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Share your favorite memories of Tim Wakefield

Dan Shaughnessy remembers Tim Wakefield
WATCH: Sports columnist Dan Shaughnessy joins Boston Globe Today to celebrate the life of Tim Wakefield.
Tim Wakefield #49 of the Boston Red Sox reacts after earning his 200th win after a game with the Toronto Blue Jays at Fenway Park on September 13, 2011 in Boston, Massachusetts.Jim Rogash

Red Sox fans are reeling following the death of knuckleballer Tim Wakefield. Wakefield was a member of two World Series championship teams and one of the most accomplished players in Red Sox history.

He died Sunday at the age of 57 after a battle with brain cancer.

Tributes from his former teammates have been pouring in following the news of his passing, with many sharing their appreciation for his character both on and off the field.

Now, we want to know: What will you remember most about Tim Wakefield?

Whether you watched him from your TV screen or met him in person, tell us about your experience by filling out the form below, or by leaving a comment.


Here are a collection of responses we’ve received so far:

My wife was diagnosed with breast cancer in September of ‘04, so she was going through chemotherapy during that year’s miracle run and we couldn’t travel from our home in LA to Boston to see any of it in person. By summer of ‘05 she was in remission, and we treated ourselves to a VIP weekend in Boston which included great Sox seats. The first night we arrived at Fenway very early, and were walking up the street when you heard this insanely loud merengue music blaring down the street. Sure enough, here comes Big Papi in this ridiculous red convertible Mercedes. He pulled up to the police barricade and it took a moment for them to let him in. As the cops pulled back the barricade, this Range Rover comes screeching up and cuts off Big Papi! There was a momentary Boston-style jockey for the lane, then the tinted window on the Range Rover rolls down and there’s Wake! They had a brief tongue-in-cheek road rage moment and then Papi let Wake go ahead. After all, he WAS starting that night. We were the only two fans on the sidewalk when this happened, and it felt very special. My wife would have a relapse and passed in 2008, but I’ll always have that special memory. RIP Lola, and RIP Wake!”-Mike G., Boston, MA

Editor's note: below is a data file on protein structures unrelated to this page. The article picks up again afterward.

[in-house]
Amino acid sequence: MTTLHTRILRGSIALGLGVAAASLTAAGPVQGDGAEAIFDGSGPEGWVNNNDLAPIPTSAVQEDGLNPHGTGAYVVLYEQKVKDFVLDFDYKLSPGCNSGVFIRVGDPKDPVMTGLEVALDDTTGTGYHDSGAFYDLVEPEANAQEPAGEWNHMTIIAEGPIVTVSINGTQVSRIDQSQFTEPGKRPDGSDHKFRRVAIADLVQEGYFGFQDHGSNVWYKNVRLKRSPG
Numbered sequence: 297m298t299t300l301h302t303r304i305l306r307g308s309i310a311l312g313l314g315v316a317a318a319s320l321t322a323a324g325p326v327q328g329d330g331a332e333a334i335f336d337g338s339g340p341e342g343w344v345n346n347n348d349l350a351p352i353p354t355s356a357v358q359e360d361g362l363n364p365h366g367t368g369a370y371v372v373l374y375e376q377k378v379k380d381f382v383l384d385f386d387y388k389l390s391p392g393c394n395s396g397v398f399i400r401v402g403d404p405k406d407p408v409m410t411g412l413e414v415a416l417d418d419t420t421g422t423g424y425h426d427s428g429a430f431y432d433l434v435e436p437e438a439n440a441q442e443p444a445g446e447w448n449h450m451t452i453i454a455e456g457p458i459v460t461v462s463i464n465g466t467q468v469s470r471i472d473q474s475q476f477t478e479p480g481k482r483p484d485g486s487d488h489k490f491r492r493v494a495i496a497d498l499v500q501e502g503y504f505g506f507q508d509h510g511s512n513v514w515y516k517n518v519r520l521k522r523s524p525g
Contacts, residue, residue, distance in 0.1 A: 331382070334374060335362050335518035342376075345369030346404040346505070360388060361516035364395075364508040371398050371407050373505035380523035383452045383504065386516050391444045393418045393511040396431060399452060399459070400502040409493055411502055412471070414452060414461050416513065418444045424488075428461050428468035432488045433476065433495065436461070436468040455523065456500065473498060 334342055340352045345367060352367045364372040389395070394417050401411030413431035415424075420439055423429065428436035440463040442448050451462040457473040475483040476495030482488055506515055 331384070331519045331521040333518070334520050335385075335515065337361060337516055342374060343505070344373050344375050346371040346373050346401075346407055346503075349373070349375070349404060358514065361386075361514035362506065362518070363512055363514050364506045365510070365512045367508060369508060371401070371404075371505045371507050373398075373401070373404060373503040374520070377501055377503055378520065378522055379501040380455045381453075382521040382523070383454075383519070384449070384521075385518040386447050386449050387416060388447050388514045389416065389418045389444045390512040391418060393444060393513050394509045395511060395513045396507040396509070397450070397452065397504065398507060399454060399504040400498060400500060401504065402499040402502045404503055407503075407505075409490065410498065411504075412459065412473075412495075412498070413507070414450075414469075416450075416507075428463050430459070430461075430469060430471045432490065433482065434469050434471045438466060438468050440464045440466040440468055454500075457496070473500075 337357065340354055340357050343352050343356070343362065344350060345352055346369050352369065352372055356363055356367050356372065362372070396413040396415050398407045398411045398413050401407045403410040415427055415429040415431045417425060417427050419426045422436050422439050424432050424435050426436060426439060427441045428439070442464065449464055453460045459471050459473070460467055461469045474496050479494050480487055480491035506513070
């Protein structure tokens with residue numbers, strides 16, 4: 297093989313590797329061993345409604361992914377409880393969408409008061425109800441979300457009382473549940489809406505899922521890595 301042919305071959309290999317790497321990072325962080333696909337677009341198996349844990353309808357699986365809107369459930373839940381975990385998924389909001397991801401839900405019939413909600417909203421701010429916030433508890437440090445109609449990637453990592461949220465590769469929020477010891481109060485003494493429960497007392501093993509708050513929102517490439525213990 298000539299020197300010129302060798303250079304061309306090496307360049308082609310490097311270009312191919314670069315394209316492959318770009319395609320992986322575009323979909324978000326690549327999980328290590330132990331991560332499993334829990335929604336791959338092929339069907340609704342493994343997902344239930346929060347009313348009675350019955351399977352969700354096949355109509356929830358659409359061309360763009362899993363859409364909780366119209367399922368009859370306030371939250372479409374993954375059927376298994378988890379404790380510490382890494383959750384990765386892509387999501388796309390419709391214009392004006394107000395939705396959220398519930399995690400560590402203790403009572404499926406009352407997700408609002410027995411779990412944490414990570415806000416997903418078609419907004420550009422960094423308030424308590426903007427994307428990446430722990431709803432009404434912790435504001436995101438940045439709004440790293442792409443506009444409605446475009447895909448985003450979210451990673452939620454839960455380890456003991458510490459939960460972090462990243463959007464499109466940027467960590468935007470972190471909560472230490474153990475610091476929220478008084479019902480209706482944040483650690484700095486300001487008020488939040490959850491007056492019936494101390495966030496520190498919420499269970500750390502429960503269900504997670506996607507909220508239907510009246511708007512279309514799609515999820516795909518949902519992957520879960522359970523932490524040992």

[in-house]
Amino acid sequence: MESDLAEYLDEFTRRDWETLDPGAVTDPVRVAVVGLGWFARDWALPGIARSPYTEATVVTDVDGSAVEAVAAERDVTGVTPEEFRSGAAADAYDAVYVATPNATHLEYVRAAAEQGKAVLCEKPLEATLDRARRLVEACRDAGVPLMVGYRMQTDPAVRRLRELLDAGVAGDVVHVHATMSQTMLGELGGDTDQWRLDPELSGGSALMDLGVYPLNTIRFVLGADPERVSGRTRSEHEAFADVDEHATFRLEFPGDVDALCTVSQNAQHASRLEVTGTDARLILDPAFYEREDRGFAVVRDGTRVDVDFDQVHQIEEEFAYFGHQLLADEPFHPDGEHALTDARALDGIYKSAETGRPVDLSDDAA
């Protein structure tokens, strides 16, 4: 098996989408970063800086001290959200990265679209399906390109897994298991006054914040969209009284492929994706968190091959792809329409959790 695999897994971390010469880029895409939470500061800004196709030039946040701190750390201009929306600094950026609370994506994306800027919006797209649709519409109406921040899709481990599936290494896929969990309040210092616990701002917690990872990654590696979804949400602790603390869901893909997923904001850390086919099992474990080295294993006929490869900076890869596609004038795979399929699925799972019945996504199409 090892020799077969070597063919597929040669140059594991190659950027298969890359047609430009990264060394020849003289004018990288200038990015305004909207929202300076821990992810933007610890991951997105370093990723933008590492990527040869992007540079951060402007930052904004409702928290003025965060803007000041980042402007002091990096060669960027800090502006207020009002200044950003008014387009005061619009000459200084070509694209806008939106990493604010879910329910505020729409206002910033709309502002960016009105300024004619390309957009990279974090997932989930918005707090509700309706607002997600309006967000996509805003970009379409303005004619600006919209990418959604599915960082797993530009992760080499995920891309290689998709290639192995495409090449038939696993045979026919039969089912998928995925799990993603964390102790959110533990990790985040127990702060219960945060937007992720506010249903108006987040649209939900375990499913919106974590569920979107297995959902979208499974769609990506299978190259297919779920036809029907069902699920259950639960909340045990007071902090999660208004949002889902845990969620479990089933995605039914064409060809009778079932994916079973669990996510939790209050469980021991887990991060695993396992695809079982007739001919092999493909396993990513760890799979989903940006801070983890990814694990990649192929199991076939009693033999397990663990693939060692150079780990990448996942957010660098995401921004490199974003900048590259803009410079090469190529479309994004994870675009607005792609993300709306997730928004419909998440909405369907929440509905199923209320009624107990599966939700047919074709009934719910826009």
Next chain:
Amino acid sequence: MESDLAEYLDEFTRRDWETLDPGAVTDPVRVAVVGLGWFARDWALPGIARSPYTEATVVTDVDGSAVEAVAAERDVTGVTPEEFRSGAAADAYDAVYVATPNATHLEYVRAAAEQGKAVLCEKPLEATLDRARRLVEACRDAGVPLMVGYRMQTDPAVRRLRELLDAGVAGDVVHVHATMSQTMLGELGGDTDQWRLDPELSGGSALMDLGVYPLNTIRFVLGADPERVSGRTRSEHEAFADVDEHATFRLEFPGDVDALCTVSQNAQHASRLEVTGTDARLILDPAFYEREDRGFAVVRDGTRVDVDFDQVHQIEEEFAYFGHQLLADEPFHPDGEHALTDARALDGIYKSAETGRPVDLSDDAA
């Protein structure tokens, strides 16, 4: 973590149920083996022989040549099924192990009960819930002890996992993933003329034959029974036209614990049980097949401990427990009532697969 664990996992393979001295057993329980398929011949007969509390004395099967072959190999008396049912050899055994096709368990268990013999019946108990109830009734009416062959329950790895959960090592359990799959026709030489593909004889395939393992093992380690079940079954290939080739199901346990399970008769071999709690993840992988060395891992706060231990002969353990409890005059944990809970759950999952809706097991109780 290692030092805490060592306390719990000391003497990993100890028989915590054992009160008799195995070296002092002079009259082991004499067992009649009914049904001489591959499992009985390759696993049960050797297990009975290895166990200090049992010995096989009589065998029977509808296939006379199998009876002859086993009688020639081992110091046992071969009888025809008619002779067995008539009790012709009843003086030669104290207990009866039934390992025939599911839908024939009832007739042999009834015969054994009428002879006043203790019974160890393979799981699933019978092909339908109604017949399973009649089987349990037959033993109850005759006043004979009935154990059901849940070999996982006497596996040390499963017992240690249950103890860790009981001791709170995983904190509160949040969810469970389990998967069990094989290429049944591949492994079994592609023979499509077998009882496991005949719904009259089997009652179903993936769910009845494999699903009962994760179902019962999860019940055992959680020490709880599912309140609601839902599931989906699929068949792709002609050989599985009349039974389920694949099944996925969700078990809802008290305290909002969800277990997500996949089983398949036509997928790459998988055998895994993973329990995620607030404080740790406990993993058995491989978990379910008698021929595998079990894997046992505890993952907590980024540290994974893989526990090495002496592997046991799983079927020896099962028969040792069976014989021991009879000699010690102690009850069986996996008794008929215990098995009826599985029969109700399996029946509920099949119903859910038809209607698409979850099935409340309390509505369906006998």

My brother and (now) sister-in-law asked me to be the officiant for their wedding. (They were married on Sept 7, 2013. Our first place Sox beat the Yankees that day.) My contribution to the wedding ceremony was ‘9 Ways I Hope Your Marriage is Like Baseball,’ and my best hope for them was embodied by Wake. Here are the final two hopes of what I wrote and shared for them that day: ‘8. Pinch runners. Lefty specialists. Defensive Replacements. Not every player can steal the base. Or work the walk. Or induce the double play. You need a team of guys with different strengths to go deep into October. There are those times when Millar has worked the walk, and it’s up to Dave Roberts to get us to second. Mop-up guys, too. Sometimes you take the ball and work til your arm is jello and your ERA is bruised because it makes it better for your team tomorrow. I hope you can be Wakefield and ask for the ball. I hope you make each other better. 9. I hope you win.’ Yes, it’s about those amazing weeks in October 2004. But really, something to strive for: to be the person our friends, our people, our team can rely on. To do the hard work to make things easier for others. I didn’t know Wake personally, but by all accounts he was a gem, and he made us all better.”-Laura D., St. Paul, MN